- Mayor Bill de Blasio said the city will use schools, pop-up clinics and "whatever it takes" to reach 1 million people within the month.
- "Every single time we vaccinate someone, we are one step closer to making the coronavirus a thing of the past in terms of the horrible grip it has on society," he said.
- De Blasio's pronouncement comes as the city prepares for its annual New Year's Eve festivities, albeit without the usual crowds.
New York City officials want to inoculate 1 million residents against Covid-19 in January, saying the federal government and drugmakers need to speed up the production and distribution of the vaccine.
Mayor Bill de Blasio said Thursday the city will use schools, pop-up clinics and "whatever it takes" to reach 1 million people within the month.
"We know New York City can vaccinate 1 million people in the month of January and really put this thing into high gear," de Blasio told CNN. "Every single time we vaccinate someone, we are one step closer to making the coronavirus a thing of the past in terms of the horrible grip it has on society."
It's an ambitious goal considering the city has received just 390,425 vaccine doses and has been able to administer only about 78,000 shots, according to city data.
"This thing is not moving the way it needs to in the United States," the mayor said. "New York City is going to show that we can jump-start this and vaccinate people at a record pace. And we want to see the whole country to be a part of this because we need to go faster to fight back the coronavirus if we want to recover."
The U.S. government has fallen far short of its original goal of administering at least 20 million Covid vaccine shots before the end of the year — something federal officials have admitted is disappointing. The U.S. has distributed 12.4 million vaccine doses so far and inoculated just 2.8 million people with the first of the two-shot vaccine regimen from Pfizer or Moderna, according to the Centers for Disease Control and Prevention. U.S. officials say the data lags by 72 to 96 hours due to reporting delays at the state and local levels. Even so, it's still a fraction of the Trump administration's original target.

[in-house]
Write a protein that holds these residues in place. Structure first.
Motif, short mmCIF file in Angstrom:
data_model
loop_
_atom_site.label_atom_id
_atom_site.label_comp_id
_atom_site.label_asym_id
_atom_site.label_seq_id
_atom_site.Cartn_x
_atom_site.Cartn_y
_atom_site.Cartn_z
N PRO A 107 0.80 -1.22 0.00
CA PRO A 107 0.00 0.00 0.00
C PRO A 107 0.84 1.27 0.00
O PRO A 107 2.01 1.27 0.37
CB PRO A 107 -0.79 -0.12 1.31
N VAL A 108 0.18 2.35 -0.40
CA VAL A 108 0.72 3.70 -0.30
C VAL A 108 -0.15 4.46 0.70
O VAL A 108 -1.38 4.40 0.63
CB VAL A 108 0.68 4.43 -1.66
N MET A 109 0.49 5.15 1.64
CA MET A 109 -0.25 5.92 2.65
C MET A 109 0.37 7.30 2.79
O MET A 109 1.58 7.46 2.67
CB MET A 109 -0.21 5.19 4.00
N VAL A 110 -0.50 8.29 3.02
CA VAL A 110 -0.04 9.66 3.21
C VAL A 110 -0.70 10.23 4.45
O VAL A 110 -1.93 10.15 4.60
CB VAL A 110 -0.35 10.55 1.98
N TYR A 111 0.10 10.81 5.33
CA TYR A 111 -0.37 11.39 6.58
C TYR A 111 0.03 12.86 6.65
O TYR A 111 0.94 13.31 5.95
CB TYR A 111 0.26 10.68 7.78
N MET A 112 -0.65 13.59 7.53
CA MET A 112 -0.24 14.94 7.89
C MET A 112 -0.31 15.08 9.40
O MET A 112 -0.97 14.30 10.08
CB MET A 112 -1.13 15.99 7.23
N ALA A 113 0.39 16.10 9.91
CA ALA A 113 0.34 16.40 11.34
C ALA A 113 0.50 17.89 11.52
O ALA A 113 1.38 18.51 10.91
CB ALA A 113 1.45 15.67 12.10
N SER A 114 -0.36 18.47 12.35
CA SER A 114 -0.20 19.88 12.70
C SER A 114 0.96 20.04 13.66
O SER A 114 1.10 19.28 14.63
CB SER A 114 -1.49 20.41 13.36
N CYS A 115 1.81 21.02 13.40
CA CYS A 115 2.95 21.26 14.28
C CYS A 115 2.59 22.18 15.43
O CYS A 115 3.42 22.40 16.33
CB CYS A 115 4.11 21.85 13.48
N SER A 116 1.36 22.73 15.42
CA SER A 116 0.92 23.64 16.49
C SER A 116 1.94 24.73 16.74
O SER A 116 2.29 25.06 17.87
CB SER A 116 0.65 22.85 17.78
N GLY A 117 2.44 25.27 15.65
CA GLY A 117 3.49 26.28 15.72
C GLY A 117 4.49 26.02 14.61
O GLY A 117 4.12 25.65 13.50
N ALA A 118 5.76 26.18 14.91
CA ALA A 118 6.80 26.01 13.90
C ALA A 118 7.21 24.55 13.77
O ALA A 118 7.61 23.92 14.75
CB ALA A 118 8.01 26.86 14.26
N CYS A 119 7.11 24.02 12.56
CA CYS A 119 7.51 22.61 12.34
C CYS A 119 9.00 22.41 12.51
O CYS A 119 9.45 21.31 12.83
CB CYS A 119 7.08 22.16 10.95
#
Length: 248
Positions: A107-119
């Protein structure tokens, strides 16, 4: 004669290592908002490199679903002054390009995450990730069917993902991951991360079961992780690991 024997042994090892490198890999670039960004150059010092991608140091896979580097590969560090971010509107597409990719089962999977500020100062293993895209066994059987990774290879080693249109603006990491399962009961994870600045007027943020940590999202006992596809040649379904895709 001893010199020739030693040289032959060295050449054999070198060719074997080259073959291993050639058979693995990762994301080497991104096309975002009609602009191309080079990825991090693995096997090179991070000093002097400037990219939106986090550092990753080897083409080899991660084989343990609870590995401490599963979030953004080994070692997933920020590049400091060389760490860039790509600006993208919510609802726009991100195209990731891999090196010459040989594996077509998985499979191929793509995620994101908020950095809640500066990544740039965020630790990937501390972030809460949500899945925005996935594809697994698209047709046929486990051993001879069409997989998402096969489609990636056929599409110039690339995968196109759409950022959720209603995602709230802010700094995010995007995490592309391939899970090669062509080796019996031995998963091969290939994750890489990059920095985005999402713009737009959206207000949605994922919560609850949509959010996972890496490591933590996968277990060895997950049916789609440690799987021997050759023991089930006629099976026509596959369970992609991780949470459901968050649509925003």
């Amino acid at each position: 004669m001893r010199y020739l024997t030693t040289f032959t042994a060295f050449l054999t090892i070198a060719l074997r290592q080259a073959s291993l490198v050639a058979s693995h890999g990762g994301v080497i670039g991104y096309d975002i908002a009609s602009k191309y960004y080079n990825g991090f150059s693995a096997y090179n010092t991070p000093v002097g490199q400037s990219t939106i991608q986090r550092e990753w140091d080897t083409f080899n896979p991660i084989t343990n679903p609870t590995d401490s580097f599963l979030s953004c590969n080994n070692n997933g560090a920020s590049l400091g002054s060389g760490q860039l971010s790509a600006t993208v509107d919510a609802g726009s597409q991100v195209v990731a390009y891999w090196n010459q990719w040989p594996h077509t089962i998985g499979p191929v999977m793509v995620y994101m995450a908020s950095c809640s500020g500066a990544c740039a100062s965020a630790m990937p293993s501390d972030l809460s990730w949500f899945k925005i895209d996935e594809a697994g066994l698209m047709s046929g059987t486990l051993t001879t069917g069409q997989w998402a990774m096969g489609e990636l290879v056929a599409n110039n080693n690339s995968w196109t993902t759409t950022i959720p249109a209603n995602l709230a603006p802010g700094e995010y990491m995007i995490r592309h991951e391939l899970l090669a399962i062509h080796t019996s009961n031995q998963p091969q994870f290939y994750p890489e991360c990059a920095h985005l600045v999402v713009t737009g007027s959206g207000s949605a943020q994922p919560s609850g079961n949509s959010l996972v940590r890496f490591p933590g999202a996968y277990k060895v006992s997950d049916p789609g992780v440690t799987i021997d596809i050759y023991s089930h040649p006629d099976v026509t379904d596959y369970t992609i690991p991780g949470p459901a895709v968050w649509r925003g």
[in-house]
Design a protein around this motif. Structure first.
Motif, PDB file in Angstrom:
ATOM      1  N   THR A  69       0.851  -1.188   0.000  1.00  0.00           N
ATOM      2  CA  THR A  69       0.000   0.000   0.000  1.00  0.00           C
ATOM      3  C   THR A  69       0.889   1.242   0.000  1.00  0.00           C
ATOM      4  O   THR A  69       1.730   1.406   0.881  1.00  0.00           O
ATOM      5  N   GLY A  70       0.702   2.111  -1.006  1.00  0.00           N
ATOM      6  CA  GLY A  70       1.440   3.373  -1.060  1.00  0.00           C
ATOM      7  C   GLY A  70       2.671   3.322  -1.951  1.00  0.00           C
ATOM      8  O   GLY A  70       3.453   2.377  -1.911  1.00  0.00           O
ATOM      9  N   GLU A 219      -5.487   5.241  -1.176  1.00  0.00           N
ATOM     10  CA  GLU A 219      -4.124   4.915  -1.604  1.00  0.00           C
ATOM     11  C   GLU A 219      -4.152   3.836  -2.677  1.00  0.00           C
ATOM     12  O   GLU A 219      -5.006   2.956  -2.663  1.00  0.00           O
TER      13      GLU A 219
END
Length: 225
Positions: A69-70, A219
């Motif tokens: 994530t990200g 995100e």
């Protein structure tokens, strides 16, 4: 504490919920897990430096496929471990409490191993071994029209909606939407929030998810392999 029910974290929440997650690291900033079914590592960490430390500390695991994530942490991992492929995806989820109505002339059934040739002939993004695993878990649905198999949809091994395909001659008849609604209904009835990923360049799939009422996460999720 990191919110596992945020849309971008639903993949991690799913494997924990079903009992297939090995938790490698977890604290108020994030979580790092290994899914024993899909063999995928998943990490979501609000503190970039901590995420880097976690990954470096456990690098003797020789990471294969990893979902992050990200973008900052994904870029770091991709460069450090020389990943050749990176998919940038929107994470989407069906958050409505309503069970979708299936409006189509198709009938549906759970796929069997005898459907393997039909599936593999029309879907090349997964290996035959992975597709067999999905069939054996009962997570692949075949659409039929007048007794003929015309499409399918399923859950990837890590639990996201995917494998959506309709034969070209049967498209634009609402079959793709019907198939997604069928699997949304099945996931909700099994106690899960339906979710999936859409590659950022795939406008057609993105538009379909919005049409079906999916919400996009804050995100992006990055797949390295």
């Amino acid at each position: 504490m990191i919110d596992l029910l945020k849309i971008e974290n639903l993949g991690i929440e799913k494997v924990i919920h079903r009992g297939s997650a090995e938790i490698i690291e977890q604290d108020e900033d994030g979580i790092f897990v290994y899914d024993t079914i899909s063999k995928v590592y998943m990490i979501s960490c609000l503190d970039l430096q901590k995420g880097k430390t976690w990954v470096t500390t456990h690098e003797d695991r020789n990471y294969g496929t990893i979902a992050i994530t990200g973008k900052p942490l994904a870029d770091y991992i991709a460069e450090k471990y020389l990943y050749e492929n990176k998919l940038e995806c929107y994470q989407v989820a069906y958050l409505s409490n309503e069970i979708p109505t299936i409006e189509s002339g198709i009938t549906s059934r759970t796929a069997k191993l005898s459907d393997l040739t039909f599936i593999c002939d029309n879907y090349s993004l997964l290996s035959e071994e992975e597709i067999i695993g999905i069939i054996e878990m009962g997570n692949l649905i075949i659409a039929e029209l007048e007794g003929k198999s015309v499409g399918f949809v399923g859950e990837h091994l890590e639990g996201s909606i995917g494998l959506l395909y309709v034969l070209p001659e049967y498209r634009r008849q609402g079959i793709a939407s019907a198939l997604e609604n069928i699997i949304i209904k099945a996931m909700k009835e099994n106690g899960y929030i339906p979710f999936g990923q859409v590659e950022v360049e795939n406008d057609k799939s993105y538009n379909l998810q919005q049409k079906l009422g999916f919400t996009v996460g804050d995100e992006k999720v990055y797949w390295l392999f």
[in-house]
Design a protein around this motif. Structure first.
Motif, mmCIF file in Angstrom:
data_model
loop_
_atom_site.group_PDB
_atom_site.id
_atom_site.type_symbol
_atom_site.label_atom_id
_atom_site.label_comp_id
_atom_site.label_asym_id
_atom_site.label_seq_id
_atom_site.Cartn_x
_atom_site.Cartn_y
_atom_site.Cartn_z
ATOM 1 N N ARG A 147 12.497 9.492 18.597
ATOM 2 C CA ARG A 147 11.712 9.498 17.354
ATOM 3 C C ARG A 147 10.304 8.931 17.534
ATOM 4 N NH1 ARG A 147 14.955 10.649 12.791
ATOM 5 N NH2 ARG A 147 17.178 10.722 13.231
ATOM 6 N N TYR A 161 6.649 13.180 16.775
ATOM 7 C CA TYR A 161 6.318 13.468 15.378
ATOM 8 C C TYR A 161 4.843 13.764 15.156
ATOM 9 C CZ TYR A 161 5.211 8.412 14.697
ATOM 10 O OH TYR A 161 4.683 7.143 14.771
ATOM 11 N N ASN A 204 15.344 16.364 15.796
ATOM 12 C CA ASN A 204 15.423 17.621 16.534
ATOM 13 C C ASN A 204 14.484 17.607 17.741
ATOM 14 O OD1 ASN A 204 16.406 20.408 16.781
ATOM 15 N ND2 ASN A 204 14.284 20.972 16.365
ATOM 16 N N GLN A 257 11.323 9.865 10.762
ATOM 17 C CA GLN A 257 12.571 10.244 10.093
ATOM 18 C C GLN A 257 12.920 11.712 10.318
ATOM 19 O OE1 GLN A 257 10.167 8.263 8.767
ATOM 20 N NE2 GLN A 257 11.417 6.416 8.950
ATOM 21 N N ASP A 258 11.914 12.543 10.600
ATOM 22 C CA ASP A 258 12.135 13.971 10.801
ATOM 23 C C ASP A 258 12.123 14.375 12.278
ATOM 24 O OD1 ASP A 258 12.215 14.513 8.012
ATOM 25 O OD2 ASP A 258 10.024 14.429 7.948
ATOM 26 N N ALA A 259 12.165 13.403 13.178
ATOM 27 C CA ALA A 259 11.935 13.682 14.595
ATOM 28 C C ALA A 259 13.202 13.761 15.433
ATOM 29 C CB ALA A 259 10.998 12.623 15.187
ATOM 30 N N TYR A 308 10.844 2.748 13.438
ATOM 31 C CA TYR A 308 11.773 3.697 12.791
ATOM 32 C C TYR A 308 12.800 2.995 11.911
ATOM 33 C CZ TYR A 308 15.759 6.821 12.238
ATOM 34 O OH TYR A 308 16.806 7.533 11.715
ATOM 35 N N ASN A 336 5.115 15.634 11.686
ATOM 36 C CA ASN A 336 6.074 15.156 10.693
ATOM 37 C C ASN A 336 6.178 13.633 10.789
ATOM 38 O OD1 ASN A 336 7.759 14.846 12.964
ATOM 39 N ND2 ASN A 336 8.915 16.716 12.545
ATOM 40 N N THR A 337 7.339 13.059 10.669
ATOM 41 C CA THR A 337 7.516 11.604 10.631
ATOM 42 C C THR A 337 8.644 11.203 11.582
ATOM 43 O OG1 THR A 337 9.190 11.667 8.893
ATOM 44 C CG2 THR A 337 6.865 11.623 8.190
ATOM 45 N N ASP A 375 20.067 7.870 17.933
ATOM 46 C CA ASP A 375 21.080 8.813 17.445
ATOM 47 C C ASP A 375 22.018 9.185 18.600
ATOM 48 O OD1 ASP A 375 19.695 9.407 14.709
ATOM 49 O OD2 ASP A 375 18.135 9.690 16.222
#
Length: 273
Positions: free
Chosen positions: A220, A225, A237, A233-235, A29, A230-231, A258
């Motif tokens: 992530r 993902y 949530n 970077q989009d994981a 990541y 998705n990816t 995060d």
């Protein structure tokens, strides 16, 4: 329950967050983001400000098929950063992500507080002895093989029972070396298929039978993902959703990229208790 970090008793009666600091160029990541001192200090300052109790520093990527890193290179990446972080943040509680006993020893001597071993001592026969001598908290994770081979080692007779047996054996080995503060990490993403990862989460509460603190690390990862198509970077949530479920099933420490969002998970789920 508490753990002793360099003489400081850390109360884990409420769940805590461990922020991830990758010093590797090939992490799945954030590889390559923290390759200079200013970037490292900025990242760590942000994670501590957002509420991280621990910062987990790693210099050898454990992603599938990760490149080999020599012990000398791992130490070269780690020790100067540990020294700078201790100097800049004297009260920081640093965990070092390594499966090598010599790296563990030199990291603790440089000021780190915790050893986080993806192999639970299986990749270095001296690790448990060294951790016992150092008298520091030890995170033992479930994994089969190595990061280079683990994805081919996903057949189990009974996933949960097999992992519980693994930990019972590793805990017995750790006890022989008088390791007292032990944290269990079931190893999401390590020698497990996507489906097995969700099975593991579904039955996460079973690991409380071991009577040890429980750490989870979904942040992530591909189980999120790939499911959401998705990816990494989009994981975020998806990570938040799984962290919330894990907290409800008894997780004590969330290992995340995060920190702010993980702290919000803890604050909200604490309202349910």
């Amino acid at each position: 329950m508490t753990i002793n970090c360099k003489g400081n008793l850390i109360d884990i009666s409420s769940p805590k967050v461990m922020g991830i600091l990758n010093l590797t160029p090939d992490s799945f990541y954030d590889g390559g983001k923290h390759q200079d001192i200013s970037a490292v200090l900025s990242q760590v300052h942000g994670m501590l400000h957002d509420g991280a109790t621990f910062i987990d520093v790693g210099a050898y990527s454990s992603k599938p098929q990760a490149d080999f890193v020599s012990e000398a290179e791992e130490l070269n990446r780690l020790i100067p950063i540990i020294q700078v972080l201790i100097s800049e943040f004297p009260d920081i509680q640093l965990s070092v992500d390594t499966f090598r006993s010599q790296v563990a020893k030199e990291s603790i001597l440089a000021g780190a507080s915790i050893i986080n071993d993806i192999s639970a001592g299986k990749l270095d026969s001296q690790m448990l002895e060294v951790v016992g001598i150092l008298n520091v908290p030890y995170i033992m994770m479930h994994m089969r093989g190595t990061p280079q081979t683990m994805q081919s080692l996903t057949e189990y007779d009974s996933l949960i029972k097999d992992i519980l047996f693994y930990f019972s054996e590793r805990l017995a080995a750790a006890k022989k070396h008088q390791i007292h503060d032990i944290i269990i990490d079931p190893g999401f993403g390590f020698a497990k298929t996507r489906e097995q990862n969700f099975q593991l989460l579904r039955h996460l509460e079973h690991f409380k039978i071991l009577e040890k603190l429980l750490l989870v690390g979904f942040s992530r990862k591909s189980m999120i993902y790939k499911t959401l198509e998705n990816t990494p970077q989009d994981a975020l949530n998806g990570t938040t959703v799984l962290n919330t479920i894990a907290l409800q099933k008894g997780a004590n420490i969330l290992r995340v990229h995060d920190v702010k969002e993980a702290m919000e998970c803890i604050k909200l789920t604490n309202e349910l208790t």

The slower-than-expected Covid vaccine rollout has been disappointing, the nation's top infectious disease expert, Dr. Anthony Fauci, told CNN on Thursday.
"We agree that that number is lower than what we had hoped for," Moncef Slaoui, chief advisor to the administration's vaccine program Operation Warp Speed, told reporters Wednesday. "We know that it should be better, and we're working hard to make it better."
De Blasio's pronouncement comes as health officials in Colorado and California have detected a new strain of the coronavirus in a handful of cases in those states. The new variant, which de Blasio said hasn't yet been found in New York City, was first identified in the U.K. and appears to be far more contagious.
It also comes as the city prepares for its annual New Year's Eve festivities, albeit without the usual crowds. Just a few hundred people, instead of the usual thousands, will be in Times Square with masks on and by invitation only for the ball drop at midnight to kick of 2021. De Blasio said the one thing that unifies all Americans in this divided country this year is "we want to get the Hell rid of 2020."